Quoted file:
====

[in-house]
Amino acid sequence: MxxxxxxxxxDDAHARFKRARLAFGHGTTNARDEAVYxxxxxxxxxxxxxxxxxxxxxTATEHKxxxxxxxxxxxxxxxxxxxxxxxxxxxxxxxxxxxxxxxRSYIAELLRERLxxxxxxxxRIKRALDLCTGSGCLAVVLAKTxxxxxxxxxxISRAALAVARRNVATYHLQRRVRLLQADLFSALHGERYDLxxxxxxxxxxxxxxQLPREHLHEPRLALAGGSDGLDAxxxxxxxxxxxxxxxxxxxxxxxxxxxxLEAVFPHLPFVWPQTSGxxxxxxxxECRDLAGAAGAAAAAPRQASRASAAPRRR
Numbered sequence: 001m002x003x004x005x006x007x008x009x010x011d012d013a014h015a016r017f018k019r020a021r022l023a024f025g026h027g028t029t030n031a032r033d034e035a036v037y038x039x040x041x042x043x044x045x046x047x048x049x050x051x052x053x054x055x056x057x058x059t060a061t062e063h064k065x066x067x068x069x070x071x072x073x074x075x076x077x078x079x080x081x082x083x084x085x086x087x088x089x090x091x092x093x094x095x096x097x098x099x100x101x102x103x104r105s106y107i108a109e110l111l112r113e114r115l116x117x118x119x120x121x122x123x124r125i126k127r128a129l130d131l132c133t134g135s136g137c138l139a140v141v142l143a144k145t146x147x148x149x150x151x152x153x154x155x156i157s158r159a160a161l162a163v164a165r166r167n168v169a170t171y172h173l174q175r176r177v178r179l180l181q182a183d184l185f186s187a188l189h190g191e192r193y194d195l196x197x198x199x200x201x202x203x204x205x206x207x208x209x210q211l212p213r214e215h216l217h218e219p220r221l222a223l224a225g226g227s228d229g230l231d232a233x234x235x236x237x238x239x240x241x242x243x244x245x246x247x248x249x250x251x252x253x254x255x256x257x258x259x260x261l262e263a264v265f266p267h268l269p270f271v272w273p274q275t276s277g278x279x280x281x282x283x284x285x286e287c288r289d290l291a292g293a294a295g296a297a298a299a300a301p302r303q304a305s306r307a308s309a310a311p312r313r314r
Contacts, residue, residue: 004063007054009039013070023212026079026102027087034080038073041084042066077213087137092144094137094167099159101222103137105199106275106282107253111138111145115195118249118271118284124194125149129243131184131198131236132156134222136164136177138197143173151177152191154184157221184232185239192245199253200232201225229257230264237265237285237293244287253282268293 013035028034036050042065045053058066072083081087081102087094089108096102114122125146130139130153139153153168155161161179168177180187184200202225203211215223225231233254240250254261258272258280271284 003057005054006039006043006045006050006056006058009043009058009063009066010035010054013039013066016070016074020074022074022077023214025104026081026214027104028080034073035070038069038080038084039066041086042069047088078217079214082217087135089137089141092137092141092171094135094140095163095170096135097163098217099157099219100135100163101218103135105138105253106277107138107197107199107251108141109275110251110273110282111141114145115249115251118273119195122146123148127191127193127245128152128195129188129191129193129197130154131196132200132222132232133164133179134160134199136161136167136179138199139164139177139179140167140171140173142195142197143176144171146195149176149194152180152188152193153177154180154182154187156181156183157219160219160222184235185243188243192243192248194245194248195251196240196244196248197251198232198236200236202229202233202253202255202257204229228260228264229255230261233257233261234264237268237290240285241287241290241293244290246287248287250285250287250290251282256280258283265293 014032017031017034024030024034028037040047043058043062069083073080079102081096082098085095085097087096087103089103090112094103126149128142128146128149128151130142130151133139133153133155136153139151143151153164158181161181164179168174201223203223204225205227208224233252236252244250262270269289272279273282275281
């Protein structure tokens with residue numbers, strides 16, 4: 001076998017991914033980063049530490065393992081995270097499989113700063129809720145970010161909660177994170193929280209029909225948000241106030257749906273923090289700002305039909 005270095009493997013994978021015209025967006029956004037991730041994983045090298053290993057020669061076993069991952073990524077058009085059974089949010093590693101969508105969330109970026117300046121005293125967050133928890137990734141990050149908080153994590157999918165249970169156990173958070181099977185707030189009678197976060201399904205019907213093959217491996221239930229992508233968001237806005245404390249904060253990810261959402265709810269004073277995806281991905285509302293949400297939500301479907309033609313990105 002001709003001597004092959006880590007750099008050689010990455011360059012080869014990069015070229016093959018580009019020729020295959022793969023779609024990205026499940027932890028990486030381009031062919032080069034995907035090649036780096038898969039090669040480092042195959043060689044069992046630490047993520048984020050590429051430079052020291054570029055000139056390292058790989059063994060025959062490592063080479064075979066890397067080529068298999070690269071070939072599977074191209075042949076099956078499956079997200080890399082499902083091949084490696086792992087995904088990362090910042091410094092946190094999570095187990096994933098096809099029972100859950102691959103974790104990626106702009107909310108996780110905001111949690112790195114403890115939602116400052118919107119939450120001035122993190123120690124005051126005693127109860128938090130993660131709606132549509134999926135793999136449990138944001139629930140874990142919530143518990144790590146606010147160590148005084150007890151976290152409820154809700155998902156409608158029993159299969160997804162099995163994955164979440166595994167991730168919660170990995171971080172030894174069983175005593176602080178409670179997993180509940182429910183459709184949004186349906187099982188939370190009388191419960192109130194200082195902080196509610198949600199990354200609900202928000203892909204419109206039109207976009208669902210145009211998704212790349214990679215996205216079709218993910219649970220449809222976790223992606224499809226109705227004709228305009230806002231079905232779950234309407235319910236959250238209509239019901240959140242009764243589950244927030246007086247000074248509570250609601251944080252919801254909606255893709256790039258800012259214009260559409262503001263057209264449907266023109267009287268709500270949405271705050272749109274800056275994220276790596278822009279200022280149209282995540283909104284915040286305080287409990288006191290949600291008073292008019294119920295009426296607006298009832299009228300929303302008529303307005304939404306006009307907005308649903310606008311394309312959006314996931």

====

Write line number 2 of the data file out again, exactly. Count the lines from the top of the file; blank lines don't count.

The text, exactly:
Amino acid sequence: MxxxxxxxxxDDAHARFKRARLAFGHGTTNARDEAVYxxxxxxxxxxxxxxxxxxxxxTATEHKxxxxxxxxxxxxxxxxxxxxxxxxxxxxxxxxxxxxxxxRSYIAELLRERLxxxxxxxxRIKRALDLCTGSGCLAVVLAKTxxxxxxxxxxISRAALAVARRNVATYHLQRRVRLLQADLFSALHGERYDLxxxxxxxxxxxxxxQLPREHLHEPRLALAGGSDGLDAxxxxxxxxxxxxxxxxxxxxxxxxxxxxLEAVFPHLPFVWPQTSGxxxxxxxxECRDLAGAAGAAAAAPRQASRASAAPRRR